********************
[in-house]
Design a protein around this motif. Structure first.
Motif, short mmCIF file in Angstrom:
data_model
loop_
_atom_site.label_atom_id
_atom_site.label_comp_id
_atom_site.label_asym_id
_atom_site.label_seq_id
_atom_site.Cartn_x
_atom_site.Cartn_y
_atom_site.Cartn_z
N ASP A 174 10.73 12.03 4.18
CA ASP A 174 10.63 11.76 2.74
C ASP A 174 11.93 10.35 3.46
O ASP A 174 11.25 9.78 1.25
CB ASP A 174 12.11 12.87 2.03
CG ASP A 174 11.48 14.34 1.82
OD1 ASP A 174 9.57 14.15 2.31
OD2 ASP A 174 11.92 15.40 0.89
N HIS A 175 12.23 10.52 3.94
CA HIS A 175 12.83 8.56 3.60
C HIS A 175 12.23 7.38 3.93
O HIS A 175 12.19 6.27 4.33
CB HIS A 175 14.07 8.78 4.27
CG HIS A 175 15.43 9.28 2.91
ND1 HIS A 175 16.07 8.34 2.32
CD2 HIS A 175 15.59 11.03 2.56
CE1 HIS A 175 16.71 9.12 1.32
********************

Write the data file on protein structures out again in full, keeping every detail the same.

[in-house]
Design a protein around this motif. Structure first.
Motif, short mmCIF file in Angstrom:
data_model
loop_
_atom_site.label_atom_id
_atom_site.label_comp_id
_atom_site.label_asym_id
_atom_site.label_seq_id
_atom_site.Cartn_x
_atom_site.Cartn_y
_atom_site.Cartn_z
N ASP A 174 10.73 12.03 4.18
CA ASP A 174 10.63 11.76 2.74
C ASP A 174 11.93 10.35 3.46
O ASP A 174 11.25 9.78 1.25
CB ASP A 174 12.11 12.87 2.03
CG ASP A 174 11.48 14.34 1.82
OD1 ASP A 174 9.57 14.15 2.31
OD2 ASP A 174 11.92 15.40 0.89
N HIS A 175 12.23 10.52 3.94
CA HIS A 175 12.83 8.56 3.60
C HIS A 175 12.23 7.38 3.93
O HIS A 175 12.19 6.27 4.33
CB HIS A 175 14.07 8.78 4.27
CG HIS A 175 15.43 9.28 2.91
ND1 HIS A 175 16.07 8.34 2.32
CD2 HIS A 175 15.59 11.03 2.56
CE1 HIS A 175 16.71 9.12 1.32